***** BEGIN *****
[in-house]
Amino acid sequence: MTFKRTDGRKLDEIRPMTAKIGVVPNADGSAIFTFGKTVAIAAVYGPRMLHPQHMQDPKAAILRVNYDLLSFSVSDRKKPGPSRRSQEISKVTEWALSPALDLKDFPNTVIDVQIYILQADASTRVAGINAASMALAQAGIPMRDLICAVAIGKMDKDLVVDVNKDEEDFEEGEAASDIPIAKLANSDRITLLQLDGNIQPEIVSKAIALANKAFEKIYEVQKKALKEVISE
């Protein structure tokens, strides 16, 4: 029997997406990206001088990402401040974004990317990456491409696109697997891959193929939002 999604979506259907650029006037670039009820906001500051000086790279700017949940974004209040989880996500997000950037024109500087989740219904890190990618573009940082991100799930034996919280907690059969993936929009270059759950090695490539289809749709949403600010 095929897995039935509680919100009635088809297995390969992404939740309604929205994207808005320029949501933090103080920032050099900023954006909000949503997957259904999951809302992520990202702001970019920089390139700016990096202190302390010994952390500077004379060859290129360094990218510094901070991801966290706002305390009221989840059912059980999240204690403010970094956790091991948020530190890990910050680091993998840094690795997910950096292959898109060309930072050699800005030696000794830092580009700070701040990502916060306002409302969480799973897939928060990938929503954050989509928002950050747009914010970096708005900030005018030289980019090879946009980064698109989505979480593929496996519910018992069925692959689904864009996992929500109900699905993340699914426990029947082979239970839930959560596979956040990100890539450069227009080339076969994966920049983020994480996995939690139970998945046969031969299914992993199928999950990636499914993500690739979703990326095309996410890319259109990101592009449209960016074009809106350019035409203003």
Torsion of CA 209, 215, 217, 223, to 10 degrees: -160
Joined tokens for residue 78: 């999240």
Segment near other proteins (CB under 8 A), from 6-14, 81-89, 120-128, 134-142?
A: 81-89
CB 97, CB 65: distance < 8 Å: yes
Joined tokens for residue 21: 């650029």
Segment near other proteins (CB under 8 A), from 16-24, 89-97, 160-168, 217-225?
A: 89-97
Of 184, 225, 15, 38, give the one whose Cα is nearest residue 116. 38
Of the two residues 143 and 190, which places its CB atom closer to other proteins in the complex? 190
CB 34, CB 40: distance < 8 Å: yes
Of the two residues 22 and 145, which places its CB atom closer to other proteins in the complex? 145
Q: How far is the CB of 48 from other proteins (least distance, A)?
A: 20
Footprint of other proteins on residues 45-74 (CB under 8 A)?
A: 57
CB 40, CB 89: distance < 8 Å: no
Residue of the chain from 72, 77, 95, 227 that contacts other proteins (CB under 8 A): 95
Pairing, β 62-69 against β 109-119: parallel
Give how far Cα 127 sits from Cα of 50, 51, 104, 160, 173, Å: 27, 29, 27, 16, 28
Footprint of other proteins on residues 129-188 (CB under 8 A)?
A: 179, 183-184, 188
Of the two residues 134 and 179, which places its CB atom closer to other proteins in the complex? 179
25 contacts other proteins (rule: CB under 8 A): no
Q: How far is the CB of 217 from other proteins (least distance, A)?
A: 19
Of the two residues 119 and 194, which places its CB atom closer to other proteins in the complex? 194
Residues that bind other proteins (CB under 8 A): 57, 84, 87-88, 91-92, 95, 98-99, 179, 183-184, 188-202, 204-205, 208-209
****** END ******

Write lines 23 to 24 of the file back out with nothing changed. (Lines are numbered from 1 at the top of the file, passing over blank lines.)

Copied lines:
Give how far Cα 127 sits from Cα of 50, 51, 104, 160, 173, Å: 27, 29, 27, 16, 28
Footprint of other proteins on residues 129-188 (CB under 8 A)?